Mentorship in the eyes of a leader: why do experienced specialists choose this path?

Mentorship for the purpose of encouraging career growth is as popular now as it has never been before. It’s easy for someone looking for a change in their career path to find experienced specialists, offering advice on questions of personal and professional development. Usually, all that’s needed is to be a part of some mentorship programme or utilise LinkedIn capabilities. Oftentimes companies have their own internal mentorship programme for employees as well. We can clearly see that having a seasoned ‘companion’ along for the ride encourages people to grow and develop themselves. These days, however, more and more we hear the talk of the so-called ‘reverse mentorship’ – skills and experiences that the mentors themselves gain, despite them being very experienced and often in a leadership position.

The organisers behind the “Women Go Tech” mentorship programme say that this initiative has received increasing attention over the years not just from the women looking to change their career paths, but also from potential mentors. Ula Pociute, who is heading this initiative, says that the mentors chose the programme to contribute to its mission, but discover themselves gaining new insights after having participated in it.

“This year our initiative has nearly 200 mentors. Many of these professionals are returning mentors, who tried the experience five years ago, when it first started. One of the reasons they return is the knowledge that this will also help them grow as leaders.” – says the head of the initiative Ula Pociute.

Aurelija Zidickyte and Mindaugas Raudys, participants in the “Women Go Tech” mentorship programme, share their insights. Aurelija is not new to this initiative, whilst for Mindaugas it’s his first time – both of them agree unanimously that this experience enriched their lives as leaders.

Public LLC “Smart Metering Program” (SMP) accounting department head A. Zidickyte got curious about the possibilities that being a mentor brings when she encountered internal challenges in her day-to-day job. She recalls feeling that her achievements not only no longer brought her joy, but also caused additional tension. “I started to wonder – what could be changed? Can I find the perfect balance where the results are good, I find joy in achieving them, but also encourage the involvement of others? Is it possible to achieve extraordinary things with ordinary efforts? I realised that I need to change my approach, that I need to learn more about people, not just results”.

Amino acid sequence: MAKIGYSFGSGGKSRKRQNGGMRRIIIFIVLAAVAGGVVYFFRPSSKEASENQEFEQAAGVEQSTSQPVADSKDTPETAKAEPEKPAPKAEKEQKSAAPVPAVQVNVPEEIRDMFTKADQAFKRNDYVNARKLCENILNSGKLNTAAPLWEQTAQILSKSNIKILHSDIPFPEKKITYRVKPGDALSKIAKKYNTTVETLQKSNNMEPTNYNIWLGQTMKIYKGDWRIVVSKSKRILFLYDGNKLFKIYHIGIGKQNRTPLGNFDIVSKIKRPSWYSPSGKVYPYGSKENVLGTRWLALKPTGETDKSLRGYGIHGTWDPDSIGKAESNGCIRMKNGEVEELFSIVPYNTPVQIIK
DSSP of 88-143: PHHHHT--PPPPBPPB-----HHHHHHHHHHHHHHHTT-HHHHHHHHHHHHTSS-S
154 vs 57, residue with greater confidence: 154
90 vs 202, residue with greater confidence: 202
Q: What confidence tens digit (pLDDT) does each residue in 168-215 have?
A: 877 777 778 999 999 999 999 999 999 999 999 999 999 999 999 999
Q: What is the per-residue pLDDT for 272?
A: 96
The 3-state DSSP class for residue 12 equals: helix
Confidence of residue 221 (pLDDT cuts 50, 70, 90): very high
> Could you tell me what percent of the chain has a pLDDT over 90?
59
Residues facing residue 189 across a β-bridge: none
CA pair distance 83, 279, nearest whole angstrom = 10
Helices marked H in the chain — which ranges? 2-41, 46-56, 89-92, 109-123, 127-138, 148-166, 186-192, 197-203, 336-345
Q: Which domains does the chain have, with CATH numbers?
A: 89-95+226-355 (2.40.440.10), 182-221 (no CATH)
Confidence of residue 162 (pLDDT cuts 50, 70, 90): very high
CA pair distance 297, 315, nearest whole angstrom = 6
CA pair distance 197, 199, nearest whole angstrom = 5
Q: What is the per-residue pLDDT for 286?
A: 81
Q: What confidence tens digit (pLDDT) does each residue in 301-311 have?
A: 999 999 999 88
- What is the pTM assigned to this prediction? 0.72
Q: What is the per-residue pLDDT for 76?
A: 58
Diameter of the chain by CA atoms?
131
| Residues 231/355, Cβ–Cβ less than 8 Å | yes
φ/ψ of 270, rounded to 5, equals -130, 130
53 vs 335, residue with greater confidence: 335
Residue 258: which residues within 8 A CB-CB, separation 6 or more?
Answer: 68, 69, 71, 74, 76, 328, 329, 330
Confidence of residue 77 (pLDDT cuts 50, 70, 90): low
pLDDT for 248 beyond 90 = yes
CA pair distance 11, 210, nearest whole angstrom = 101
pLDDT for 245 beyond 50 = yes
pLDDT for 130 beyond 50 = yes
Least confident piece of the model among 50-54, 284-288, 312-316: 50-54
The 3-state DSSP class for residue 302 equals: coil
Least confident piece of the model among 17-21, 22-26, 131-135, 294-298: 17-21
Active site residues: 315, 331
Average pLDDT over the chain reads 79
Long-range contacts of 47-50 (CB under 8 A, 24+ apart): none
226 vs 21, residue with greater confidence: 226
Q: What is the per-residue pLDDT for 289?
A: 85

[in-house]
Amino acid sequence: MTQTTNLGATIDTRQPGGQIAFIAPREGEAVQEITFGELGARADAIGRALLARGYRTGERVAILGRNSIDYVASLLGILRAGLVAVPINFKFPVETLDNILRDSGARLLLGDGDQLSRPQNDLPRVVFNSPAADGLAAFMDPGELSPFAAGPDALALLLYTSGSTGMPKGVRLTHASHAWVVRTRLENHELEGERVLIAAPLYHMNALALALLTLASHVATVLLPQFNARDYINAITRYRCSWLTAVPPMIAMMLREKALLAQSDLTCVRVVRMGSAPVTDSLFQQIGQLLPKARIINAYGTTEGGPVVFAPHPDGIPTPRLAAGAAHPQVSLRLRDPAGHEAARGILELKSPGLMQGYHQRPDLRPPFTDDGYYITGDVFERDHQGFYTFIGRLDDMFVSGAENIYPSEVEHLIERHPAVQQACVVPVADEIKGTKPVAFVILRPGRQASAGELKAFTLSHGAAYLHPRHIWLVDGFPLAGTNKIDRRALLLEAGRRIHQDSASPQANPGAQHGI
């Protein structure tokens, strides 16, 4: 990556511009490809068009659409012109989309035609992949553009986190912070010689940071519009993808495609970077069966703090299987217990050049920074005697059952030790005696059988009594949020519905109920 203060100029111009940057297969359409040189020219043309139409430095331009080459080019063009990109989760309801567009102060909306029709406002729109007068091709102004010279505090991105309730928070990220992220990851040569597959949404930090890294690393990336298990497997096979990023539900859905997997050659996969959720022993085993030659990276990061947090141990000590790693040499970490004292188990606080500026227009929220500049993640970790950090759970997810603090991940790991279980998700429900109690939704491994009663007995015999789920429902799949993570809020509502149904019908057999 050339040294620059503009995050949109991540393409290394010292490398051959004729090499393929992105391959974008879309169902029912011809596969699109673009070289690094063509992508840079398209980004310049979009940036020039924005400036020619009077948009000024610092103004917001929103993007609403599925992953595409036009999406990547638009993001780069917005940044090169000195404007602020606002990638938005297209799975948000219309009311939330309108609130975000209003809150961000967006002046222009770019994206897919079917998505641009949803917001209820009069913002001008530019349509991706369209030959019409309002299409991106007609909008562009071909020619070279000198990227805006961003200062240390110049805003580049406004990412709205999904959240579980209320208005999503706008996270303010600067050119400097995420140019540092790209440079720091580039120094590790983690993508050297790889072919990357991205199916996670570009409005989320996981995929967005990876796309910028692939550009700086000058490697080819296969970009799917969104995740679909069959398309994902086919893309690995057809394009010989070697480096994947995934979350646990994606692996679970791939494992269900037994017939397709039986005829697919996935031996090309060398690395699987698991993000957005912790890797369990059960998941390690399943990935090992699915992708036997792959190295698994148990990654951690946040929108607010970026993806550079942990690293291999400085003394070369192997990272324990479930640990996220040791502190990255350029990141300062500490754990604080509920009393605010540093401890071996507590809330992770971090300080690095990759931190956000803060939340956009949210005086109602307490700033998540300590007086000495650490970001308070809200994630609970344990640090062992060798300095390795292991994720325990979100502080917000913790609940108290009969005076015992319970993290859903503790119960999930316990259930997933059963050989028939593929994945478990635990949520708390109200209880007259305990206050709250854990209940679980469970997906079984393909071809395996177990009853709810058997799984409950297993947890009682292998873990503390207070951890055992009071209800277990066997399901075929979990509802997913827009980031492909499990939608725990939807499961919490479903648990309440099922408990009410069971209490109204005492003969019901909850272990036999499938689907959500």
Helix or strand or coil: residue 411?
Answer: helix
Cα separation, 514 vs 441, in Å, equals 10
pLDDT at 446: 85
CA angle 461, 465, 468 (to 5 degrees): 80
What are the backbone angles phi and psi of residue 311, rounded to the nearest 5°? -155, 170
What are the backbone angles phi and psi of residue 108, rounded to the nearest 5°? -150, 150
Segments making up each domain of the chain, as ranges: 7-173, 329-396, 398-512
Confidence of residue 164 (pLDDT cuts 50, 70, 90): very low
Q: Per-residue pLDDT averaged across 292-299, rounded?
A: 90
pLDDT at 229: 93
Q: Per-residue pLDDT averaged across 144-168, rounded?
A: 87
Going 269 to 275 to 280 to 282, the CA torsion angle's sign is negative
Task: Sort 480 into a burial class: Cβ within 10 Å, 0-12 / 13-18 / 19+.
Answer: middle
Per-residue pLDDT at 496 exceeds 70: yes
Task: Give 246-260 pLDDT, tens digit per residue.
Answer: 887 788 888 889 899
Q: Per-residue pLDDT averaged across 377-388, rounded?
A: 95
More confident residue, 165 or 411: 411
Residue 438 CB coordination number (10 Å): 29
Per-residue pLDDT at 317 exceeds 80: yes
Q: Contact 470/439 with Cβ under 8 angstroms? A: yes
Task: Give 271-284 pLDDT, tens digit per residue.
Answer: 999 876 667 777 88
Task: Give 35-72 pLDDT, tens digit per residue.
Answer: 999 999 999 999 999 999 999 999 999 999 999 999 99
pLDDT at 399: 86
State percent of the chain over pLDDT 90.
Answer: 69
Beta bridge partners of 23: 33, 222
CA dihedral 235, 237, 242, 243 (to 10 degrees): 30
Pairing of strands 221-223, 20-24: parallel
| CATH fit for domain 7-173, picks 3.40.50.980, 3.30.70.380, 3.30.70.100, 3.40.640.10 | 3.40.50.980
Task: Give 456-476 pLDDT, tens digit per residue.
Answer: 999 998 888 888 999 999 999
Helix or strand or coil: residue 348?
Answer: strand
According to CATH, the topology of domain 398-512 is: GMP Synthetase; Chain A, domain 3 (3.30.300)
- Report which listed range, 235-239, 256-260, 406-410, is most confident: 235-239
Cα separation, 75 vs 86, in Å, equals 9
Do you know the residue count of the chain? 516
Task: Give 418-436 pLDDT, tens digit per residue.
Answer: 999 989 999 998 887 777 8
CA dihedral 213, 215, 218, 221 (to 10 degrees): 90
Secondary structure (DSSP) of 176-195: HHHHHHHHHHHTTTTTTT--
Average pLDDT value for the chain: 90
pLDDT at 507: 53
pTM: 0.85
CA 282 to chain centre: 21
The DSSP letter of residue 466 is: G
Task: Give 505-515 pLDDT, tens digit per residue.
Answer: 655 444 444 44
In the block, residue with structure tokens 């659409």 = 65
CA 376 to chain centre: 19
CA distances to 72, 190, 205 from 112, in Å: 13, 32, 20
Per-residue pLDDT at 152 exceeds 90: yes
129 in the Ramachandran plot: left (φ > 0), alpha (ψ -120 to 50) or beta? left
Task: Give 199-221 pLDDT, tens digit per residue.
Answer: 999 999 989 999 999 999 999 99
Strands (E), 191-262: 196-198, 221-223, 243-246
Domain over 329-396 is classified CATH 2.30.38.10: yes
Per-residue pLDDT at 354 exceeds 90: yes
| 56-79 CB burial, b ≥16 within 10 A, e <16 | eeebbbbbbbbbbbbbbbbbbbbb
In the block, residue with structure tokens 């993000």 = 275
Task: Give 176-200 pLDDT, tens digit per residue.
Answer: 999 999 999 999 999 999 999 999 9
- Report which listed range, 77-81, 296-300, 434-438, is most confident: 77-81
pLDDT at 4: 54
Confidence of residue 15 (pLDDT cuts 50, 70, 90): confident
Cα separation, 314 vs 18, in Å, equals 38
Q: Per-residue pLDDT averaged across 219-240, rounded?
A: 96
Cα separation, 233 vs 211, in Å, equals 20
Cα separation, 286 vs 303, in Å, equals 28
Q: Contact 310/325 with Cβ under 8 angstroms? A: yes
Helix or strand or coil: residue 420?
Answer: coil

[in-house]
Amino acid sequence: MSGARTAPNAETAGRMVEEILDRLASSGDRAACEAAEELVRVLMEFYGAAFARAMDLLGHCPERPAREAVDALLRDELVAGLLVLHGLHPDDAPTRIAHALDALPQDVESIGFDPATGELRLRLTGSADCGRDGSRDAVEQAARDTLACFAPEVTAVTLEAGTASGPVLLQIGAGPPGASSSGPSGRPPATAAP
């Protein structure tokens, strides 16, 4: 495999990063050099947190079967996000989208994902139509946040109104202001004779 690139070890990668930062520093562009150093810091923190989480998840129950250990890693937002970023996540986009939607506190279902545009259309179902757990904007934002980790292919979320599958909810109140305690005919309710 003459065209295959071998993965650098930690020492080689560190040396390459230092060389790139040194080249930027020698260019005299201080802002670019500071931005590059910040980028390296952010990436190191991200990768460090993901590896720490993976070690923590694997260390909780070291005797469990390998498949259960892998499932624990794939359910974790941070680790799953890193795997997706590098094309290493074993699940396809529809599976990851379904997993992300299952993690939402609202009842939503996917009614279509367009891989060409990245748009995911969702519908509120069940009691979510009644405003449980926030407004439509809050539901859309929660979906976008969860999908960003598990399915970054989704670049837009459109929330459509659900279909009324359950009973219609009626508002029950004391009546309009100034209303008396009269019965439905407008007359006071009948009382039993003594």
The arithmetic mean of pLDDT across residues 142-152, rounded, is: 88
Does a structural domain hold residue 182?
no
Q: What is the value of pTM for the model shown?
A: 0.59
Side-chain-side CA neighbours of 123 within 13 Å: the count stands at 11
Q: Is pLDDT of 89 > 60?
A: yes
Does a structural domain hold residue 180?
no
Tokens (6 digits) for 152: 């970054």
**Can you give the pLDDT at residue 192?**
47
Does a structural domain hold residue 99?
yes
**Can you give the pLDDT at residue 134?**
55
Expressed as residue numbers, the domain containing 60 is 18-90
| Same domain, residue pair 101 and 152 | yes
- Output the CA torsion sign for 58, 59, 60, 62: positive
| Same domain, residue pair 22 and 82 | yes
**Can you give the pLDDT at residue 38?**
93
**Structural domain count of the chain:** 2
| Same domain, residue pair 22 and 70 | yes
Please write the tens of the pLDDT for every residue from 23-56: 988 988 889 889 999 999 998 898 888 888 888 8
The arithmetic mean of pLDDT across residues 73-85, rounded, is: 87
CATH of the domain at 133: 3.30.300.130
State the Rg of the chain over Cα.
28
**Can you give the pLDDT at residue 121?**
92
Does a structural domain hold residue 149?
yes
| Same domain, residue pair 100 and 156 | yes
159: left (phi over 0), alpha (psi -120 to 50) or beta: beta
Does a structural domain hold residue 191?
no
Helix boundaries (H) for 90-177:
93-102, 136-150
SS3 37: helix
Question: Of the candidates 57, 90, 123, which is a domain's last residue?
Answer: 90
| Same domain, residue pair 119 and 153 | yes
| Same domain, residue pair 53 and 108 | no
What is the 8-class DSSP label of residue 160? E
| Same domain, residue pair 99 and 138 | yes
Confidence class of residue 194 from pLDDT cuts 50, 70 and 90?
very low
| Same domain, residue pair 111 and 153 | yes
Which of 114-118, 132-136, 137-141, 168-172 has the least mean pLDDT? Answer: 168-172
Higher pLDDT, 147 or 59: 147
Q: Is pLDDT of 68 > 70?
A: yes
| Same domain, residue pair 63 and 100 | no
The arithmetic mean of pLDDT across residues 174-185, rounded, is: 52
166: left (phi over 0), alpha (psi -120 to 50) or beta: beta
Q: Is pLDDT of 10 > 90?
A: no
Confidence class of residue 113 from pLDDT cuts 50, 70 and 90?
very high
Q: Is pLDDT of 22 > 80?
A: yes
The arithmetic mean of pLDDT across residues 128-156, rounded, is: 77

Thus Aurelija decided to start with changing her own approach and join a mentorship project, which helped her sort out priorities and values when it comes to leadership. “To me mentorship is a relationship between to people with the goal to learn, discover new mindsets and approaches to business. It also teaches patience, attention to detail and the skill of active listening. Sometimes it’s so hard to just stop yourself from making rash judgements and to instead employ curiosity to understand what’s happening. It’s exactly that, which helps to discover the most suitable actions.” – she concurs.

Speaking about positive mentorship examples she reveals that it would be near-impossible to name just one type of person, however, there are different universal qualities that are needed for successful interactions. “I would like to have a mentor who is curious about my situation and does not hesitate when it comes to expressing their insights, but also is empathetic, patient and supportive.”- Aurelija says. She also adds that mentorship is an option to everyone who wants to become a better leader, but it’s important to find a deeper purpose for the experience to become truly useful. “One can develop almost any skill with enough time and effort. But you need to ask yourself – why am I doing all this?”

Meanwhile M. Raudys, who is the head of production at “Axioma Metering”, became a mentor after being encouraged by his colleagues. The company’s HR department offered him to take part in such activities so that best practices that are associated with mentorship & leadership would be better applied at work. “I wanted to improve my skills as a leader, because I knew that this is an opportunity to not only share my skills, but to also learn from other mentors for whom leadership is a part of their job. I was truly interested in the concept of ‘reverse mentorship.’” – Mindaugas recalls.

According to him, mentorship gives him new skills and insights in the industry where he’s spent over a decade. “I can share a lot on the topic of production – I have led several trainings in this field to my team. It was being a mentor, however, that reminded me that a mutual connection is the most important part of a job well done.

Speaking about this mutual connection during mentorship, Mindaugas highlights the importance of feeling like equals – which leads not only to the success of the mentee, but also to enhanced leadership skills of the mentor. “Being a mentor reminded me that I shouldn’t try to push my mindset onto someone, even if it is based on experience. It is very important to let the person you’re working with to think and make decisions on their own accord. This helps to understand certain errors and improve long-standing work practices.”

According to M. Raudys, mentorship has two sides: aside from excellent professional competences and skills, a true mentor should be curious and have an open mind. “Even with a lot of experience in your industry it’s important to never stop being interested in innovation and improvements. Personally, a lot of the things I heard during my time as a mentor were new to me – and extremely valuable.”

He recommends that every leader try their hand at mentorship as it will help to learn new things not only from the mentees, but other mentors in positions of leadership.